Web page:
If you're in tune, they're listening


September 19, 1992|By JOHN EISENBERG

It all started with the telephone ringing late one evening not long ago, just when Joe Friday was getting ready to bust a hippie on "Dragnet."

I considered not answering. My house is the same as your house. Any time you answer the phone, you stand a 50 percent chance of being violated by a taped sales message or a smarmy cold caller peddling slow-moving show tickets, rural condos or uninteresting magazines. (Warning: If you ever buy a theater ticket, just one, you get bombed for years.)

What can I say? I picked up the phone that night, and my life changed forever.

I was catapulted headlong into the bubble of babble known as all-sports radio.

The man on the line spoke in a wry manner, as though we were old friends.

"Hey buddy," he said, "can you go on the air with us and take some calls?"

It was not an old friend. It was a producer from an all-sports radio station in Chicago.

"When do you want me?" I asked.

"Right now," he said. "When this commercial break ends."

You quickly learn that planning is not the strength of all-sports radio.

The next thing I knew, I was talking to Zack from Evanston, who was extremely peeved about the White Sox's Bobby Thigpen blowing too many saves.

"Well, what do you think?" he asked after huffing and puffing awhile, as talk show callers are wont to do.

"I think I just missed Joe Friday slapping the 'cuffs on a Deadhead," I said.

OK, not really.

I took calls for a half-hour, the whole time wondering why the good people of Chicago would care what someone sitting in his living room in Baltimore thought about the Sox or Cubs, teams I had seen maybe a half-dozen times all season.

I was missing the point, of course. The point was that I was succeeding at filling time, and on all-sports radio, where life is a rain delay that never ends, filling time is the idol to which everyone prays.

It is a world populated by sporting versions of the obscure "experts" who appear on "Nightline" analyzing government policies. You don't have the slightest idea who any of them are, but if they're on, they have to be experts, right?

It is quite a shock to wake up one morning and realize that is you.

Anyway, I hung up with Chicago and figured that was that. Silly me. That was when the phone really started ringing.

It turns out that Baltimore and Hekla, Iceland, are the only cities in the hemisphere that do not have an all-sports station.

There is one in every big city, and that includes Albuquerque. There is even one in Williamsport, Pa., although I don't know what they talk about when they're through with the Little League World Series.

I think I have been on just about every one in the last month. Somewhere, there is a Big List with my number of it.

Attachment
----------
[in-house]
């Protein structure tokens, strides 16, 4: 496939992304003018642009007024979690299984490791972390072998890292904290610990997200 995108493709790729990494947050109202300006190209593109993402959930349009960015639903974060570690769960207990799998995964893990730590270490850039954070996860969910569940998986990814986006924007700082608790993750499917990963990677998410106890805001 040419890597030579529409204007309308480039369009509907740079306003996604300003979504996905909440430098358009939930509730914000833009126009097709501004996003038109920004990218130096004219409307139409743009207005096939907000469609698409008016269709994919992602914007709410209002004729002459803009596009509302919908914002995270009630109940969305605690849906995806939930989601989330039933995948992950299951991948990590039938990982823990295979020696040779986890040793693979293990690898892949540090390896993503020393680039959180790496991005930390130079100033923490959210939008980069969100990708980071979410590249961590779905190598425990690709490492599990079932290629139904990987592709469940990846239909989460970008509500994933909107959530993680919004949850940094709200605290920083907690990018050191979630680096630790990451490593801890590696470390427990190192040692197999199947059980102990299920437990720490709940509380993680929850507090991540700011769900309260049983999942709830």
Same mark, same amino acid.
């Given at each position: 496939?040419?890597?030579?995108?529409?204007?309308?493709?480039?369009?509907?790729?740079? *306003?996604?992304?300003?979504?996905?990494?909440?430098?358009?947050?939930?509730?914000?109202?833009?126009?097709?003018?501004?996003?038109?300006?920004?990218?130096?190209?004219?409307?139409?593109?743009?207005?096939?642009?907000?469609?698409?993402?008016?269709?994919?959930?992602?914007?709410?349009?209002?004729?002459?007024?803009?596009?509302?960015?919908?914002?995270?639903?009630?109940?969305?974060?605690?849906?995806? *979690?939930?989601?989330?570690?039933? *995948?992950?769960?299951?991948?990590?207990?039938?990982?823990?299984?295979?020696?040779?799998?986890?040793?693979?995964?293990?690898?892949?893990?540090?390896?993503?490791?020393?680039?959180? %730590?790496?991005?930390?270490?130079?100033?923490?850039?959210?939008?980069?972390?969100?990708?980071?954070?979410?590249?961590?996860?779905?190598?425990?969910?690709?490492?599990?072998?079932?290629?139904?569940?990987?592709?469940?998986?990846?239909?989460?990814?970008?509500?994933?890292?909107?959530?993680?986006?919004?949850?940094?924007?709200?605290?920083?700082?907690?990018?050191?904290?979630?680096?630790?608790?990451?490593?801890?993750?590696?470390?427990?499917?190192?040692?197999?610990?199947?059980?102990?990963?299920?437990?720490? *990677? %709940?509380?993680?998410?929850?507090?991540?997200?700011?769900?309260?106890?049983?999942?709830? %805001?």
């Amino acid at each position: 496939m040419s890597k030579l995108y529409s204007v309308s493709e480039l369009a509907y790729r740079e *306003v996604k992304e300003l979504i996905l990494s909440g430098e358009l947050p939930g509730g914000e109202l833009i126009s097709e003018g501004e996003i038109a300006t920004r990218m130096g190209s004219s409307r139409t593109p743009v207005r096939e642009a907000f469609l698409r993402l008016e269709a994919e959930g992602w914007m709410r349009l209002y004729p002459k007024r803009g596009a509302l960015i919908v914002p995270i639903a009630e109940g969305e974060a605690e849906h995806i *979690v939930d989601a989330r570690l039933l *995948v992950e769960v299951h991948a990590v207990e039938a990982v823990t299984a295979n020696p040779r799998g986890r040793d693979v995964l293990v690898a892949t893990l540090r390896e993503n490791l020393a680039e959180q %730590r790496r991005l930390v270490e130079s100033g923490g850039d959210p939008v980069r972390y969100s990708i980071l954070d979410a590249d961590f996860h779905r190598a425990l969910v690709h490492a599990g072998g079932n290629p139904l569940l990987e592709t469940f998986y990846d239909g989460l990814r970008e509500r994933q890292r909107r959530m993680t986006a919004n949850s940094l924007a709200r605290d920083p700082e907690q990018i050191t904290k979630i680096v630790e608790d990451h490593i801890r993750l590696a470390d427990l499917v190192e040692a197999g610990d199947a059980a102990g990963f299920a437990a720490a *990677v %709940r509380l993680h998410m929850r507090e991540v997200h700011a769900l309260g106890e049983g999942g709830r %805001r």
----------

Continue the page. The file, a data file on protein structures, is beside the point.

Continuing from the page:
I went on in Minneapolis, where they wanted to talk about NFL expansion for "just 15 minutes." There were a lot of long silences.

I was on in Portland, Ore., where they wanted to talk "for just 15 minutes" about Cal Ripken, whose slump, I'm sure, was a big concern in Portland.

Las Vegas has called. Toronto. St. Louis. They all want "just 15 minutes." They call in the morning. At lunch. Late at night.

I never thought I would ever pick up the phone hoping for a taped sales message.

It is not that I mind doing these shows. Not at all. They're fun. It is just that I occasionally need time to do other things, such as eat.

Meanwhile, the bombardment continues. There are a lot of stations out there with hundreds of hours to kill. It has become unsafe for me to answer the phone. That there will be a producer on the line, asking for "just 15 minutes," is a virtual certainty.

Colleagues in other cities are having the same experience. Everyone is going on the radio somewhere else, where no one knows them. The concept of out-of-town does not exist in all-sports radio.

One friend was just getting out of the shower when the phone rang and suddenly he was on in Las Vegas, moments before his real estate agent knocked on the front door and came in. I will let you try to figure out how that one ended up.

Of course, it is no breeze on the other end, either. My friend Phil Wood, who works at WTEM in Washington, says, "You'll be talking along and suddenly your producer holds up a sign saying, 'Barry Larkin is holding on Line 2.' " Ah. Sure.

It is all part of what we shall call the ESPN-ization of sports, sort of a shrinking-globe meets Marshall McLuhan meets Yogi Berra kind of thing. Everyone knows everything about everything because they saw it on TV last night, so anyone from anywhere can talk about anything and someone else will listen.

What a decade.

Baltimore Sun Articles
Please note the green-lined linked article text has been applied commercially without any involvement from our newsroom editors, reporters or any other editorial staff.